Economics as EthicsI'm going to claim that economic theories include assumptions about what is "best" that are taken for granted and determine subsequent policy recommendations. I'm going to do this is the style of a mathematical proof.
Here are the axioms:
By "free market" I don't necessarily mean one free of all regulation. I mean one that is free to run within the rules set up by society. So a market would be "free" by my definition if, say, monopolies were prohibited. I think extreme free marketeers and libertarians might disagree with this, but they aren't being consistent. I'll give an example. I go to an open air market to buy vegetables with a loaded gun pointed at the vendor. We negotiate a "fair" price. The vendor, rightly, demands protection from intimidation. What he is demanding are rules. Every human interaction has rules, some are just so common they aren't noticed.
OK, so we have our axioms, now I'm going to add an initial condition.
3. The commodities being traded are in short supply.
These are so short that there isn't enough to go around. Those who don't get an adequate amount will die. This is not a far fetched situation, it exists presently in many refugee camps and also in areas of famine. Loss of land and water through environmental degradation is also leading to cases where there isn't enough to go around.
So what is the economic answer to the problem. Notice that because of axiom 1 there is supposed to be a "best" way. So whatever solution is proposed must include an ethical component. Frequently one hears things like "women and children first" when on a sinking ship. But in the case of resource depletion maybe it should be healthy men who can farm most efficiently would be the best choice since they could extract the most production out of whatever resources remained.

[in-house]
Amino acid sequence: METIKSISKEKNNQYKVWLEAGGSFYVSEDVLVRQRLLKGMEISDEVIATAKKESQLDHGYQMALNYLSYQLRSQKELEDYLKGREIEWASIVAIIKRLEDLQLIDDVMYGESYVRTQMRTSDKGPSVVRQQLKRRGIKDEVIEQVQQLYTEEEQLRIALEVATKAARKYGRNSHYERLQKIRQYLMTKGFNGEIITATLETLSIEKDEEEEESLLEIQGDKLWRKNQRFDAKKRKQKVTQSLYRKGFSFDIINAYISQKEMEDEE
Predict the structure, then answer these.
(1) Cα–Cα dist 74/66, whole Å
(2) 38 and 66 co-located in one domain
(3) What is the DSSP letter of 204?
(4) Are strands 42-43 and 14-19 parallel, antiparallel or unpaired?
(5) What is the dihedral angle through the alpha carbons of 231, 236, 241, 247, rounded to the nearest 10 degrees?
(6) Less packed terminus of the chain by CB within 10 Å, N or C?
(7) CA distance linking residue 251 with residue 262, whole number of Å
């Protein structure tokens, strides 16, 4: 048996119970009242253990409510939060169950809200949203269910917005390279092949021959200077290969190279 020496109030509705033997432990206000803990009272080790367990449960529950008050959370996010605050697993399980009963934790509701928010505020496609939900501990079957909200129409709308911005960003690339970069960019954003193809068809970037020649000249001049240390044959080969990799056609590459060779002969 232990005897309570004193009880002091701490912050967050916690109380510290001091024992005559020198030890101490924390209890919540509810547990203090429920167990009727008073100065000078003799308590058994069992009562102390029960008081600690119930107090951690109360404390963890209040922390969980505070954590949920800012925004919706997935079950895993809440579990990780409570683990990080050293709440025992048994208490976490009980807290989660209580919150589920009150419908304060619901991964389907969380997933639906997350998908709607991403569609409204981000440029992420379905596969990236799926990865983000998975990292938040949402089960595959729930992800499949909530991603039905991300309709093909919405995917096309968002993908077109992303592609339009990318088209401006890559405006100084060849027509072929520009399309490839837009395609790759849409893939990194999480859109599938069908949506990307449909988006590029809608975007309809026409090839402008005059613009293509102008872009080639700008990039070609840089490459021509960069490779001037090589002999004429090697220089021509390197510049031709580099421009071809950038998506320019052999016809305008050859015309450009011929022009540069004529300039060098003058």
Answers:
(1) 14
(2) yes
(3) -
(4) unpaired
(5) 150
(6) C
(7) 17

Now in the situations that economists like to talk about there are always escape hatches. One of the favorites is substitutability. If there isn't enough rice then buy wheat. If there is too little of something then the price will rise and consumption will moderate. Even if the situation is not as dire as the one I used as an illustration, the implication is still the same, the choice of what to do includes an ethical component. If rice is the preferred food stuff, and there isn't enough, then the poor will have to buy the less preferred substitute. Why should this be? Why not arrange it so that everyone gets a similar fraction of the rice and the wheat? In both cases the outcome is the same at the macro level, but not at the individual level.
Economics is not an objective discipline but uses unstated ethical preferences to determine the suggested course of action.